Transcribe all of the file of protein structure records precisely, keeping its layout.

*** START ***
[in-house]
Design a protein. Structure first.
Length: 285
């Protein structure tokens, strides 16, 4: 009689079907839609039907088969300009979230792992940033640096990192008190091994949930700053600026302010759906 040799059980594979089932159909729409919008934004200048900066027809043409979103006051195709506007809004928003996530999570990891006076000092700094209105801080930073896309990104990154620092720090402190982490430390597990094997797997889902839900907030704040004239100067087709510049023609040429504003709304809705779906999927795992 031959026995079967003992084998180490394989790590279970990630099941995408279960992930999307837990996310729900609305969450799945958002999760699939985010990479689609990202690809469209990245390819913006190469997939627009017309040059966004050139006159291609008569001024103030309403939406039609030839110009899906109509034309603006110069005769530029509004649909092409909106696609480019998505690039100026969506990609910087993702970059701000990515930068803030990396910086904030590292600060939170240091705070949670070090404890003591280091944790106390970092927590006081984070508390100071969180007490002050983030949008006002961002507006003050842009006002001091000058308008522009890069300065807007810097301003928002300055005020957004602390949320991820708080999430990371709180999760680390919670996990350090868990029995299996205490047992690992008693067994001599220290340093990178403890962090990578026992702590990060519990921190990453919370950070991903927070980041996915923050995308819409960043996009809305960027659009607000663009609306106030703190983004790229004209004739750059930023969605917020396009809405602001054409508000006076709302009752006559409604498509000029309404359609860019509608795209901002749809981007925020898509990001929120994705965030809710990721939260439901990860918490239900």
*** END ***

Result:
[in-house]
Design a protein. Structure first.
Length: 285
């Protein structure tokens, strides 16, 4: 009689079907839609039907088969300009979230792992940033640096990192008190091994949930700053600026302010759906 040799059980594979089932159909729409919008934004200048900066027809043409979103006051195709506007809004928003996530999570990891006076000092700094209105801080930073896309990104990154620092720090402190982490430390597990094997797997889902839900907030704040004239100067087709510049023609040429504003709304809705779906999927795992 031959026995079967003992084998180490394989790590279970990630099941995408279960992930999307837990996310729900609305969450799945958002999760699939985010990479689609990202690809469209990245390819913006190469997939627009017309040059966004050139006159291609008569001024103030309403939406039609030839110009899906109509034309603006110069005769530029509004649909092409909106696609480019998505690039100026969506990609910087993702970059701000990515930068803030990396910086904030590292600060939170240091705070949670070090404890003591280091944790106390970092927590006081984070508390100071969180007490002050983030949008006002961002507006003050842009006002001091000058308008522009890069300065807007810097301003928002300055005020957004602390949320991820708080999430990371709180999760680390919670996990350090868990029995299996205490047992690992008693067994001599220290340093990178403890962090990578026992702590990060519990921190990453919370950070991903927070980041996915923050995308819409960043996009809305960027659009607000663009609306106030703190983004790229004209004739750059930023969605917020396009809405602001054409508000006076709302009752006559409604498509000029309404359609860019509608795209901002749809981007925020898509990001929120994705965030809710990721939260439901990860918490239900």